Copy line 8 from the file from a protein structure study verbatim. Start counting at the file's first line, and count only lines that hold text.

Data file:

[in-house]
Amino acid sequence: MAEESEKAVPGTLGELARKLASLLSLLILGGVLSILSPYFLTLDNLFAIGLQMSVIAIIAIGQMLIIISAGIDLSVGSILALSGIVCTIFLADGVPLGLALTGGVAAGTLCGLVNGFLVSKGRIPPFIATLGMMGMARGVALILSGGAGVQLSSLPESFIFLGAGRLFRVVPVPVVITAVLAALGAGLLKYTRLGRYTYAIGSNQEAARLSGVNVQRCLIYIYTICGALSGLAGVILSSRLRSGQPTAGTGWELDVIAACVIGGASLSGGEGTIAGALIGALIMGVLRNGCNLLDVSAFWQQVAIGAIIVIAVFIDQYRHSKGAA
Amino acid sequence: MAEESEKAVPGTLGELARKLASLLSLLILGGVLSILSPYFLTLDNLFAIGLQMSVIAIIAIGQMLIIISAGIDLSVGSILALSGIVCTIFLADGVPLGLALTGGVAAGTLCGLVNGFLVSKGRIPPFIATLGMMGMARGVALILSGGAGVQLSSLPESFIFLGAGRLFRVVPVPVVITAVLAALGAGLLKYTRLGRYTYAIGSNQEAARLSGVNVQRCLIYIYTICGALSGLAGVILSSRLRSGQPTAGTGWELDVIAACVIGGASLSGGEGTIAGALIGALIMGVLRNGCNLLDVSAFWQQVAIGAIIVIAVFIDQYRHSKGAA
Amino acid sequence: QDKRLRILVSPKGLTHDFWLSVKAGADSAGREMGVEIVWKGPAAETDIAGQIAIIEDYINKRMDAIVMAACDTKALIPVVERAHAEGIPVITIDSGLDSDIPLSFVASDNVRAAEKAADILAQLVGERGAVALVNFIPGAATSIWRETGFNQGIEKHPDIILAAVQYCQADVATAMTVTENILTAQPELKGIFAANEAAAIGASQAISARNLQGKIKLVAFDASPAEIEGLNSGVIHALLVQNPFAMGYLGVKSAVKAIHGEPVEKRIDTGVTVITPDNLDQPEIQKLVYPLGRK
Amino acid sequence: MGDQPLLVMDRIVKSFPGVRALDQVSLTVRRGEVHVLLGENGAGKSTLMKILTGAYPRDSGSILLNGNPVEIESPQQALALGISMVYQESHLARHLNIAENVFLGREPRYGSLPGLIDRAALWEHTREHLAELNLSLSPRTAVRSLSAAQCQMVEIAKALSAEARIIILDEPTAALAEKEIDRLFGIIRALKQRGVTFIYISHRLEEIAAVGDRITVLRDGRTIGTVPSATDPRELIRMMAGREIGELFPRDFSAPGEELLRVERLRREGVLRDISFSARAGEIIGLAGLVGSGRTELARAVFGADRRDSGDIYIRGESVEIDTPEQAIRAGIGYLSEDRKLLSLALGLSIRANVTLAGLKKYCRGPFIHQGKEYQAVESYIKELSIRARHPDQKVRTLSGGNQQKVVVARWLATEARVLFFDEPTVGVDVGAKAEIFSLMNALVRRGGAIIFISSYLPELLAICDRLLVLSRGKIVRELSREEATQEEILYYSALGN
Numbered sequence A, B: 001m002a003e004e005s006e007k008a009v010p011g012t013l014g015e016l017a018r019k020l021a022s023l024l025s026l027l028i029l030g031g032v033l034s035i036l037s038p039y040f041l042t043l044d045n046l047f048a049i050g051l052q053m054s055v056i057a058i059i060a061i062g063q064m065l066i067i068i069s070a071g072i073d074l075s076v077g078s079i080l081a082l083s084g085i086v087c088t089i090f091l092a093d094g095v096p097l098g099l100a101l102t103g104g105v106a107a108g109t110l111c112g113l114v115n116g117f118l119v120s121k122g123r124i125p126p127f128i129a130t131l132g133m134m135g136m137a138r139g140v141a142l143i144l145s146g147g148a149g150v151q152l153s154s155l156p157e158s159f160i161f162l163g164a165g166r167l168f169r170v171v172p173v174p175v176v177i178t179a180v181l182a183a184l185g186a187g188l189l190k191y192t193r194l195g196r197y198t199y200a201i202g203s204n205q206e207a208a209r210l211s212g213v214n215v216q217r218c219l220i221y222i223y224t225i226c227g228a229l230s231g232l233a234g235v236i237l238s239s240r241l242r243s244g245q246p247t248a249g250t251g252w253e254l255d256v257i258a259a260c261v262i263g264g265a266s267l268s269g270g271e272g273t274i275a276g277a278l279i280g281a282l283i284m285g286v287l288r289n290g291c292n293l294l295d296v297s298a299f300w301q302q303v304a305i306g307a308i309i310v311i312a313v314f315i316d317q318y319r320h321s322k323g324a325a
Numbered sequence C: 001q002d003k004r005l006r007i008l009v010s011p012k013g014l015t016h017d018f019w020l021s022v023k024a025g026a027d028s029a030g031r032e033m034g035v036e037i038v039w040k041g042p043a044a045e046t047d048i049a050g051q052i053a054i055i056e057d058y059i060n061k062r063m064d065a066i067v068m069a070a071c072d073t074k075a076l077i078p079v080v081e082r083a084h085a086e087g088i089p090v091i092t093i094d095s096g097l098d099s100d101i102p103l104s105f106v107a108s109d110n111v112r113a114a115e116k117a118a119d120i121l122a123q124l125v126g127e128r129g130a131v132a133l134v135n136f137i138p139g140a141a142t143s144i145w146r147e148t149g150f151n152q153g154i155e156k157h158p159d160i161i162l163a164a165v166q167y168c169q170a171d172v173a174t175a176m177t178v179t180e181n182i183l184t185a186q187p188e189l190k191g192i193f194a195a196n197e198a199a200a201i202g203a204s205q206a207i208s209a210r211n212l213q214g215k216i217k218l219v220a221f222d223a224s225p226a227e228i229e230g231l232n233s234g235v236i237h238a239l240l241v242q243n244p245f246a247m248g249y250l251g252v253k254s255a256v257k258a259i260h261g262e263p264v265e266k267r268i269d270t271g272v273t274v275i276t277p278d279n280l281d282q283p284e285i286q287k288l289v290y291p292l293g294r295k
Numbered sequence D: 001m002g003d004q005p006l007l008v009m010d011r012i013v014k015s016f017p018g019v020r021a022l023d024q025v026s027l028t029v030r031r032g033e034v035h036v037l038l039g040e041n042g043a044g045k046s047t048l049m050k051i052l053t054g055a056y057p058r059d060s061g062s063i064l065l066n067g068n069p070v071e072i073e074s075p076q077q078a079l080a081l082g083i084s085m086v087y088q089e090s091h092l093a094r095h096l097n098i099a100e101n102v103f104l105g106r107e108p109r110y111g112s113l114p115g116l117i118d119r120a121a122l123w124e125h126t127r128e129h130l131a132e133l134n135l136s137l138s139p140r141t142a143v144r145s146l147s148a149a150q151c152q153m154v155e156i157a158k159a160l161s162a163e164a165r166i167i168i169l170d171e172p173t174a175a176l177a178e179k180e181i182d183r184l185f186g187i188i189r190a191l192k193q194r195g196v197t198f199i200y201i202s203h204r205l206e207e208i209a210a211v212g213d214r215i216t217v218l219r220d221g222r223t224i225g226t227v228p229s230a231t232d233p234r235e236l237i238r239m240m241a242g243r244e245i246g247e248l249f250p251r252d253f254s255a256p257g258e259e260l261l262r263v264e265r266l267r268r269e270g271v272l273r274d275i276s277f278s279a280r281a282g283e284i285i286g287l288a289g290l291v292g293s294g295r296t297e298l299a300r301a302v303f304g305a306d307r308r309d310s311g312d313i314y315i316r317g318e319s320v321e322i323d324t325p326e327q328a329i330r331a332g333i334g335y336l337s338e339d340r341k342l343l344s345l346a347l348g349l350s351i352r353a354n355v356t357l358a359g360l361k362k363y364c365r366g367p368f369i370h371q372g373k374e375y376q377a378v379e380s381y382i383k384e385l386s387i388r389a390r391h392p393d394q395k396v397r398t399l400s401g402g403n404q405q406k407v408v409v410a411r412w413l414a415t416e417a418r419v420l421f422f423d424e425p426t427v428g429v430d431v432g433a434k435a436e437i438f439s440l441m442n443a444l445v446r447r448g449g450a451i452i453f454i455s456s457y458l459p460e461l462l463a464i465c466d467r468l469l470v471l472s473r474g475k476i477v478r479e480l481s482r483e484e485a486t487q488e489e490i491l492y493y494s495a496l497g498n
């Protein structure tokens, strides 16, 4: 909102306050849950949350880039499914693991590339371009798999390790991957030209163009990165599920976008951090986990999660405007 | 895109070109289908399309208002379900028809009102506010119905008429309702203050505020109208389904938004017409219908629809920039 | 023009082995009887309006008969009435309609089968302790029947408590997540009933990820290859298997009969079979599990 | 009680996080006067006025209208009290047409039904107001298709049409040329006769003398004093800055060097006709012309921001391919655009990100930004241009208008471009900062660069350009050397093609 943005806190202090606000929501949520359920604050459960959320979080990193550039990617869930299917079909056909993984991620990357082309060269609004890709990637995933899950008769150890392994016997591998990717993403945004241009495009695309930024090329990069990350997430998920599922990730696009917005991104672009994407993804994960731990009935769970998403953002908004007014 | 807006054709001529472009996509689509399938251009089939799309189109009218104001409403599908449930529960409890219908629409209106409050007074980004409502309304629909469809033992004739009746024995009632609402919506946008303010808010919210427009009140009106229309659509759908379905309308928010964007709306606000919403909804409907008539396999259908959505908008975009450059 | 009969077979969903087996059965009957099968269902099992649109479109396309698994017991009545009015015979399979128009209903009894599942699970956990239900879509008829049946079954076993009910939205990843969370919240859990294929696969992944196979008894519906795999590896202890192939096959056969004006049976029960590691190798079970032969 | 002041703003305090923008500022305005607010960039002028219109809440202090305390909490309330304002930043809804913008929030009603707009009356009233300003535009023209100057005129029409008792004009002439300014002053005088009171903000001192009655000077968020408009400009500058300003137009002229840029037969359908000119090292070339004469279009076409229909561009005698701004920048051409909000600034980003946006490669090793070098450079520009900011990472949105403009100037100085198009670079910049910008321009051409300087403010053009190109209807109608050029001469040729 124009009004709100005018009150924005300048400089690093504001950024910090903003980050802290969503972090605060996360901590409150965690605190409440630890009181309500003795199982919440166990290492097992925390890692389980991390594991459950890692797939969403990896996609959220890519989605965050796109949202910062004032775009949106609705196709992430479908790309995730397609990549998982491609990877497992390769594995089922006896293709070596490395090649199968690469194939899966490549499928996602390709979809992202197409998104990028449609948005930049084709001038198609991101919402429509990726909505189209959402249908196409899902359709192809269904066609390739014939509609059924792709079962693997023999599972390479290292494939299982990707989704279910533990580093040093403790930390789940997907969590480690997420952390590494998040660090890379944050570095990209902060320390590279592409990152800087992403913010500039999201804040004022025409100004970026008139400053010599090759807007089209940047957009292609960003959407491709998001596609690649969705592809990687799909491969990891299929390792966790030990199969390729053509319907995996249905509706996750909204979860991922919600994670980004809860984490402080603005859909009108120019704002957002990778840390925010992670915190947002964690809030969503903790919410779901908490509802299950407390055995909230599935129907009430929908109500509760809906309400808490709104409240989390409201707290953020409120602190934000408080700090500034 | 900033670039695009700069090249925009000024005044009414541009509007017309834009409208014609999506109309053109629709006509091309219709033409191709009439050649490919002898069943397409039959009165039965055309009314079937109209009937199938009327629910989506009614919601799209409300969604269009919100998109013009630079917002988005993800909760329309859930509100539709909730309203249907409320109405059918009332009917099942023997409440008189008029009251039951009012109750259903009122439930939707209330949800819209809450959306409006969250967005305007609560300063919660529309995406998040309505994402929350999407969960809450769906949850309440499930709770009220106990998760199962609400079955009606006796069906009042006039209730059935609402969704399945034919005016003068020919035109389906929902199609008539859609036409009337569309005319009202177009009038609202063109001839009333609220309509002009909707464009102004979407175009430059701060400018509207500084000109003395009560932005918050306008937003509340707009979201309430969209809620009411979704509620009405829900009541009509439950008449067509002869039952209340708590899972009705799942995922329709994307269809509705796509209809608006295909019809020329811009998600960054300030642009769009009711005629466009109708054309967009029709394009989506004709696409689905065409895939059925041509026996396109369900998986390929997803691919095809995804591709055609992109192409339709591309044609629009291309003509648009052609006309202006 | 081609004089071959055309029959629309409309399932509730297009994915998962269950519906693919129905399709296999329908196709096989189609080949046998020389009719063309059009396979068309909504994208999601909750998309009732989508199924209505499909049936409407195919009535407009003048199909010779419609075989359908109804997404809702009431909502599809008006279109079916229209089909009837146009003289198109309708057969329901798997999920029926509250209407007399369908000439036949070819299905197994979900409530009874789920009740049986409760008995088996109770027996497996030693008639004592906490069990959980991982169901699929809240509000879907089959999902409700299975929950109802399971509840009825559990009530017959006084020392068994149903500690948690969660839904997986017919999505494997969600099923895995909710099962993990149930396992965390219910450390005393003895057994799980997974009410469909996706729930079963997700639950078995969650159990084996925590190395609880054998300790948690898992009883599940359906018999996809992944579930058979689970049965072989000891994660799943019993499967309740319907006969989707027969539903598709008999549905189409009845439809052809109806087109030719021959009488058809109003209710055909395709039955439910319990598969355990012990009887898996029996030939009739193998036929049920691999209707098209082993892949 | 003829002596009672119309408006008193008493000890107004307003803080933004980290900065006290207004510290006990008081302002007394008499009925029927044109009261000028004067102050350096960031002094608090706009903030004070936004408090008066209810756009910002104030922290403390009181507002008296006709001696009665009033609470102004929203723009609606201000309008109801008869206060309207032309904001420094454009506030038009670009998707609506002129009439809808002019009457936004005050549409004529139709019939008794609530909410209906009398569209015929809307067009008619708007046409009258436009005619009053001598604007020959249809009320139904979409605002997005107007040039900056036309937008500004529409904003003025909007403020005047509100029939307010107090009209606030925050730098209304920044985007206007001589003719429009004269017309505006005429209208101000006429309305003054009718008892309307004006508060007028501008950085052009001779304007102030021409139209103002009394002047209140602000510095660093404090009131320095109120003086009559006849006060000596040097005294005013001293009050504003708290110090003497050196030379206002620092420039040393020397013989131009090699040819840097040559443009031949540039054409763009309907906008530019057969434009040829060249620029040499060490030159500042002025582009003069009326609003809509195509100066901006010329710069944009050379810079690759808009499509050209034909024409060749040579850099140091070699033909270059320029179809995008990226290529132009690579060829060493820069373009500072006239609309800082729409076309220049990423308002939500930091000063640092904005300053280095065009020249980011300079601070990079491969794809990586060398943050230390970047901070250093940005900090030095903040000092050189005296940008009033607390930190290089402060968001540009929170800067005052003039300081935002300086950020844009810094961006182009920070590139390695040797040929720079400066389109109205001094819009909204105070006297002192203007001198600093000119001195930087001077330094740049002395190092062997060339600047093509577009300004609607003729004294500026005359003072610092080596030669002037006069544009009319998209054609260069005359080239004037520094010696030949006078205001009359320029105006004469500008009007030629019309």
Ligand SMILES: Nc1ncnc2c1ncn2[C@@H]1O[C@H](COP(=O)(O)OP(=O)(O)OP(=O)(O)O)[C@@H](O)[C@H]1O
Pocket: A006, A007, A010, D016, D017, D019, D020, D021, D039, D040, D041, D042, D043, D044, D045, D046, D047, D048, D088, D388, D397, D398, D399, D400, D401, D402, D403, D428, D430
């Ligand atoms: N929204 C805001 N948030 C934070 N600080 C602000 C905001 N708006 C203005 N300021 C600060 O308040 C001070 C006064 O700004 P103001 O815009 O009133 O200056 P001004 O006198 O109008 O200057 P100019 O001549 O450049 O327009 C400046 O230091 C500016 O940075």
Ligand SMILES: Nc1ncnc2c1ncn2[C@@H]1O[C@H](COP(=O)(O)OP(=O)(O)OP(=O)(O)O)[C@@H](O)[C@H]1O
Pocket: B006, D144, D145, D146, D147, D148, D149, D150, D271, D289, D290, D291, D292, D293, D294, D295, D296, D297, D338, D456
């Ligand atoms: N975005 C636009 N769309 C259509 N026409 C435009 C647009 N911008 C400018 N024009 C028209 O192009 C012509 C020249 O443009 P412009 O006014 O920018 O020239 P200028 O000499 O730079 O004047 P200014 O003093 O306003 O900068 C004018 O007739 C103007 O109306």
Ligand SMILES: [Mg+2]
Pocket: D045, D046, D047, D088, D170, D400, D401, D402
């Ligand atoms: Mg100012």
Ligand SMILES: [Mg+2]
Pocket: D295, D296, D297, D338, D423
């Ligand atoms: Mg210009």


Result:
Numbered sequence D: 001m002g003d004q005p006l007l008v009m010d011r012i013v014k015s016f017p018g019v020r021a022l023d024q025v026s027l028t029v030r031r032g033e034v035h036v037l038l039g040e041n042g043a044g045k046s047t048l049m050k051i052l053t054g055a056y057p058r059d060s061g062s063i064l065l066n067g068n069p070v071e072i073e074s075p076q077q078a079l080a081l082g083i084s085m086v087y088q089e090s091h092l093a094r095h096l097n098i099a100e101n102v103f104l105g106r107e108p109r110y111g112s113l114p115g116l117i118d119r120a121a122l123w124e125h126t127r128e129h130l131a132e133l134n135l136s137l138s139p140r141t142a143v144r145s146l147s148a149a150q151c152q153m154v155e156i157a158k159a160l161s162a163e164a165r166i167i168i169l170d171e172p173t174a175a176l177a178e179k180e181i182d183r184l185f186g187i188i189r190a191l192k193q194r195g196v197t198f199i200y201i202s203h204r205l206e207e208i209a210a211v212g213d214r215i216t217v218l219r220d221g222r223t224i225g226t227v228p229s230a231t232d233p234r235e236l237i238r239m240m241a242g243r244e245i246g247e248l249f250p251r252d253f254s255a256p257g258e259e260l261l262r263v264e265r266l267r268r269e270g271v272l273r274d275i276s277f278s279a280r281a282g283e284i285i286g287l288a289g290l291v292g293s294g295r296t297e298l299a300r301a302v303f304g305a306d307r308r309d310s311g312d313i314y315i316r317g318e319s320v321e322i323d324t325p326e327q328a329i330r331a332g333i334g335y336l337s338e339d340r341k342l343l344s345l346a347l348g349l350s351i352r353a354n355v356t357l358a359g360l361k362k363y364c365r366g367p368f369i370h371q372g373k374e375y376q377a378v379e380s381y382i383k384e385l386s387i388r389a390r391h392p393d394q395k396v397r398t399l400s401g402g403n404q405q406k407v408v409v410a411r412w413l414a415t416e417a418r419v420l421f422f423d424e425p426t427v428g429v430d431v432g433a434k435a436e437i438f439s440l441m442n443a444l445v446r447r448g449g450a451i452i453f454i455s456s457y458l459p460e461l462l463a464i465c466d467r468l469l470v471l472s473r474g475k476i477v478r479e480l481s482r483e484e485a486t487q488e489e490i491l492y493y494s495a496l497g498n